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Silicon Sweatshops: An illness in Suzhou

Did the manufacture of your iPhone make someone sick?

Editor’s note: This story is part of our series Silicon Sweatshops, an ongoing GlobalPost investigation into the supply chains that make some of your favorite electronic gadgets. In this installment, GlobalPost examined the fallout after a factory that supplies Apple and Nokia used the toxic solvent n-hexane in violation of local codes and without proper safety equipment. Though seven current and former workers said the chemical was used on Apple touch screens, Apple refused to comment.


SUZHOU, China — The mysterious illness began with an odd tingling of the fingers one week, a creeping numbness in the feet the next.

Sometimes, deep and painful muscle cramps would wake the factory workers from their dorm beds. Weeks later, many of the workers simply couldn’t walk right, staggering across the factory grounds, and struggling with once-nimble fingers to clean the delicate touch screens used in trendy gadgets. They had no idea that as they worked, the solvent they used to clean the screens was attacking their peripheral nerves. Unseen damage left them weak, shaky and often in pain. Sometimes their vision would blur. Headaches were common.

GlobalPost recently visited a hospital ward where more than two dozen sick workers remain under care for nerve damage sustained last summer at Wintek’s factory in Suzhou. After interviewing seven former and current workers, as well as families, friends and labor activists, plus reviewing medical records and corporate documents, we’ve learned the health damage done to workers is more severe than portrayed in previous accounts.

All the workers interviewed said n-hexane — the chemical that made people sick — was used in making touch screens for Apple, particularly the iPhone and iTouch. Apple rejected repeated interview requests, refused to confirm whether its products were involved and directed questions to its 2010 Supplier Responsibility audit, which does not address chemical poisoning.

In a highly competitive industry where consumer demand drives companies to squeeze costs out of complex supply chains, the Suzhou case raises broad questions in China about labor rights, worker safety and the thorny issue of compensation.

In a quiet wing of the Suzhou No. 5 Hospital, the rooms have taken on the look of a cheerful factory dorm. Dozens of young workers from around China have taken over the floor, and tried to make it homier with simple decorations, their laundry hanging from the balconies and crafting projects splayed across the beds. The wing is cheerful, the air of fear and uncertainty having lifted somewhat since the workers arrived last summer. Their health has improved, but they won’t be leaving for a while.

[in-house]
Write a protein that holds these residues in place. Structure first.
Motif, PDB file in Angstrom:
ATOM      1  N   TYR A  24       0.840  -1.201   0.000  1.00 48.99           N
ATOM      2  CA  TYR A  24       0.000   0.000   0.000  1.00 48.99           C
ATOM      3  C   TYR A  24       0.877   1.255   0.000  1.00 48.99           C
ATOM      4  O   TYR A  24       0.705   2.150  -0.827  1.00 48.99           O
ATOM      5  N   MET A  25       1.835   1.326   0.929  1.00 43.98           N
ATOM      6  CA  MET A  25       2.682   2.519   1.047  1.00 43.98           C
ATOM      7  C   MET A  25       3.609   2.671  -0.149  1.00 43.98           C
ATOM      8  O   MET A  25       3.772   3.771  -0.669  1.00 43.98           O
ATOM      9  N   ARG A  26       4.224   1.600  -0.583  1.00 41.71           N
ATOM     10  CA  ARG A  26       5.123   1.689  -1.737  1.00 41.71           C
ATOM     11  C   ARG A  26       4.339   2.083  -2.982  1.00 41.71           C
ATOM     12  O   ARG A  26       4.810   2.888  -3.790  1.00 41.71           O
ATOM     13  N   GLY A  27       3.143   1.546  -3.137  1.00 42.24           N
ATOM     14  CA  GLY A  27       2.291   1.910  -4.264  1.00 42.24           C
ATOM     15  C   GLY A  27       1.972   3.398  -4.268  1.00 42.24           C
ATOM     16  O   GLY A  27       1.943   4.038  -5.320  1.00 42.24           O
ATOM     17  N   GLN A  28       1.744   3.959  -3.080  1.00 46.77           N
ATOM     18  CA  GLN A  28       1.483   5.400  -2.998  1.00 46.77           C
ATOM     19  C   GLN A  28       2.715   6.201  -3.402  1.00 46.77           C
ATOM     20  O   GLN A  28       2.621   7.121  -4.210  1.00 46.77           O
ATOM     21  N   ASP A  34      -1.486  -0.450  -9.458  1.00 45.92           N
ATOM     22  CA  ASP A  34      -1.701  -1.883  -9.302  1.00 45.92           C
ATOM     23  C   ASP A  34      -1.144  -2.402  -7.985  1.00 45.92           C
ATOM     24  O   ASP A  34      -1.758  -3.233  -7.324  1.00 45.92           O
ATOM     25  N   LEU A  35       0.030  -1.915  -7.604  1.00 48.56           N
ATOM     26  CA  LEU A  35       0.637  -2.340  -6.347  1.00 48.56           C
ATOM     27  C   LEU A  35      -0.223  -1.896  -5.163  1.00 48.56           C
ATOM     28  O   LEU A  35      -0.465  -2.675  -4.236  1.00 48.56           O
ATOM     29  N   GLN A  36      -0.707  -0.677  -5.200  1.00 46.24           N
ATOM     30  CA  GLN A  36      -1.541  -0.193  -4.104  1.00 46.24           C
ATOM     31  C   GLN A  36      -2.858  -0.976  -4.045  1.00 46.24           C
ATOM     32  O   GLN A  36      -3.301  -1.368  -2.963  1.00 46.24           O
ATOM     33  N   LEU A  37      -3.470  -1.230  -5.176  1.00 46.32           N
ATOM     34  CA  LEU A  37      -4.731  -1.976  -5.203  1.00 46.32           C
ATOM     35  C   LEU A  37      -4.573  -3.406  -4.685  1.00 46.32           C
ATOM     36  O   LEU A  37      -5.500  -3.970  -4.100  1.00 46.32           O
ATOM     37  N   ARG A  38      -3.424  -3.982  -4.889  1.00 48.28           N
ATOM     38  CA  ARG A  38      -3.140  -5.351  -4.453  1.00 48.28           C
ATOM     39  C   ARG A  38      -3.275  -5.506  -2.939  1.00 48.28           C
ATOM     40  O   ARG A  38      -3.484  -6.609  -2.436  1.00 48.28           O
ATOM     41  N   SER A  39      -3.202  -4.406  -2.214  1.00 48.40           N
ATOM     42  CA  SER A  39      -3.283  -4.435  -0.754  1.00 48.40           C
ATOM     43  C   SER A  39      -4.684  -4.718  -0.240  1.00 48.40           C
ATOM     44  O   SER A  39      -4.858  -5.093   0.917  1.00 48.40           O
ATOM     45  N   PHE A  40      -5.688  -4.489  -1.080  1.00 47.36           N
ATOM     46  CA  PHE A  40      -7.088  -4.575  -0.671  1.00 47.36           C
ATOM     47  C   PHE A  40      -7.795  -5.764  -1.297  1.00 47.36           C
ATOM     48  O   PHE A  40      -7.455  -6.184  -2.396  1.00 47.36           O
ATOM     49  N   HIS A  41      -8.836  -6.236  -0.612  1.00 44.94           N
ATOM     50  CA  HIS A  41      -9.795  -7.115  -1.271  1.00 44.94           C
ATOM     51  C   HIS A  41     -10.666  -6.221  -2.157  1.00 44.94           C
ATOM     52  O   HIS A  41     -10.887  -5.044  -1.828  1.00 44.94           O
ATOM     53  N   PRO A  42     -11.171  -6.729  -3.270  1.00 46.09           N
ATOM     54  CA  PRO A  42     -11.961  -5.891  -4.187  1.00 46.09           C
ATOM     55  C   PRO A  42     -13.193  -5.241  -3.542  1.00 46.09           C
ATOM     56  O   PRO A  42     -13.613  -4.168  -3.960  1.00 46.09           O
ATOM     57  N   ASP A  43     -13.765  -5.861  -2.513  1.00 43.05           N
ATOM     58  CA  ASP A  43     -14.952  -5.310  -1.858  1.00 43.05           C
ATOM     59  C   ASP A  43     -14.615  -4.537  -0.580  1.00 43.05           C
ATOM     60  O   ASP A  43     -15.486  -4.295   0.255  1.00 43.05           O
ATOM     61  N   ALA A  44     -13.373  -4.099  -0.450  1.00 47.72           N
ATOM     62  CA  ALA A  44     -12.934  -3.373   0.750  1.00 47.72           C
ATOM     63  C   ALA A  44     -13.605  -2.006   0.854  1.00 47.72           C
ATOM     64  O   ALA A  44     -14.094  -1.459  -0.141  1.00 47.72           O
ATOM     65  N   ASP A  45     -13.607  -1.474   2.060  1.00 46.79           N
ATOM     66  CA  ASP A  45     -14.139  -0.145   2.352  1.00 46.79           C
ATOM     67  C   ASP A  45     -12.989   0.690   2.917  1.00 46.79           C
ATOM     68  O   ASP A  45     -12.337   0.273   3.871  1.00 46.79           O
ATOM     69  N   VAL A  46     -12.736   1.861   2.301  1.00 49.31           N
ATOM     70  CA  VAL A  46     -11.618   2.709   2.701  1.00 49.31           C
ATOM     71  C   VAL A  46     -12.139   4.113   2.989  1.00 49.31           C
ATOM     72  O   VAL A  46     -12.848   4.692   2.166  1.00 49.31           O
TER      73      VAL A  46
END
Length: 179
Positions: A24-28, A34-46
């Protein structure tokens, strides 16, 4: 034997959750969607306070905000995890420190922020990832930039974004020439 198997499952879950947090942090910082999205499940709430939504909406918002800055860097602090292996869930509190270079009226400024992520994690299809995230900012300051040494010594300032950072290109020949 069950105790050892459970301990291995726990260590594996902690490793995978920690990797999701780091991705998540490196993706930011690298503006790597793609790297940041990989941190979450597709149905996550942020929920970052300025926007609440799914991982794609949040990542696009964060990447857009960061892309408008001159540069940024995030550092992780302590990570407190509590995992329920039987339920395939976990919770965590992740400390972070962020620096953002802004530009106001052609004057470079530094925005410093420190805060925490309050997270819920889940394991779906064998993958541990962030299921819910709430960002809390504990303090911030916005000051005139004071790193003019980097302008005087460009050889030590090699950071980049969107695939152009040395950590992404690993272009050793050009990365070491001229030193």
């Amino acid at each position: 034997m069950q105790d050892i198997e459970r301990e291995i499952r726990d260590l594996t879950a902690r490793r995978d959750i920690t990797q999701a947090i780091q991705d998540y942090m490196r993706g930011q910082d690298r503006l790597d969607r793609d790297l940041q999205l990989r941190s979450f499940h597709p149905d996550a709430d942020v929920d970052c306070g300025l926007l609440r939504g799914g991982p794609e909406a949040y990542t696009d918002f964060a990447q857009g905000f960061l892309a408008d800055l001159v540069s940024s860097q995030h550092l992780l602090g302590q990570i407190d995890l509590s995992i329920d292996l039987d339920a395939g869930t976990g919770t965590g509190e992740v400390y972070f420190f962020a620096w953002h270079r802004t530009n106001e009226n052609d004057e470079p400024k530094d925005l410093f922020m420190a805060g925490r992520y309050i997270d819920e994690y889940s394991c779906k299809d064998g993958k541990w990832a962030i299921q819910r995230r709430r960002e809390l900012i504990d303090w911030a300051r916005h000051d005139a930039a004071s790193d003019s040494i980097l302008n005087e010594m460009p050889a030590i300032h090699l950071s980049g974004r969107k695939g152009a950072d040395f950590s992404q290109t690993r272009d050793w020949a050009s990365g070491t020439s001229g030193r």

“At first I thought I was getting tired and weak because I was working so much,” recalled one 24-year-old woman, describing how she worked 12-hour shifts, seven days a week before she got sick. “After some weeks, I knew I needed to see a doctor.”

Last summer, workers began fainting on the job and dozens made their way to the hospital. The company started testing workers and found mass exposure: Wintek says 62 employees had confirmed nerve damage from inhalation exposure to n-hexane, which the company admits it used illegally for nearly a year in the production process. The illness, a form of peripheral neuropathy, came on so slowly that most didn’t know they were ill until it was serious. Workers say others were sickened, but left the factory without treatment.

Their troubles began in October 2008, when Wintek’s Suzhou factory introduced n-hexane to clean touch screens in the final stages of production. According to the local government, the company lacked necessary permits to handle the toxin, which dries more quickly than alcohol, shaving seconds from production time and speeding up the line.

Wintek has fired the factory chief, according to company spokesman Huang Zhongjie in Taipei. Huang also said the factory stopped using n-hexane in August and has engaged in outreach and education for both sick workers and current employees.

Worker unrest over the poisonings reached a boiling point in January, with a violent strike at the plant and calls for answers. Many demanded to know whether factory engineer Li Liang died from chemical inhalation.

Huang says Wintek has raised salaries at the plant, and a current factory worker confirmed the wages have gone up. "We have put more attention to employees' safety and health and have assigned a higher level authority to govern and enhance the relevant management and audit system," said Wintek spokesman James Chen. "Also, we will enhance the communication with our employees for a better understanding for both management and employees."

But that hasn’t quelled ongoing concerns from factory workers over their safety. The effects on human bodies are well-documented, but workers’ health was a secondary concern when n-hexane entered the Suzhou factory.

Each worker was required to clean 1,000 screens per day, dipping cotton cloths into a tray of hexane, swabbing the glass screens carefully and moving on, according to workers interviewed by GlobalPost. Over the course of a 12-hour shift, workers said one person would go through six trays of n-hexane, protected only by latex gloves and simple cotton masks — nothing close to the equipment that Chinese safety standards require for handling the chemical.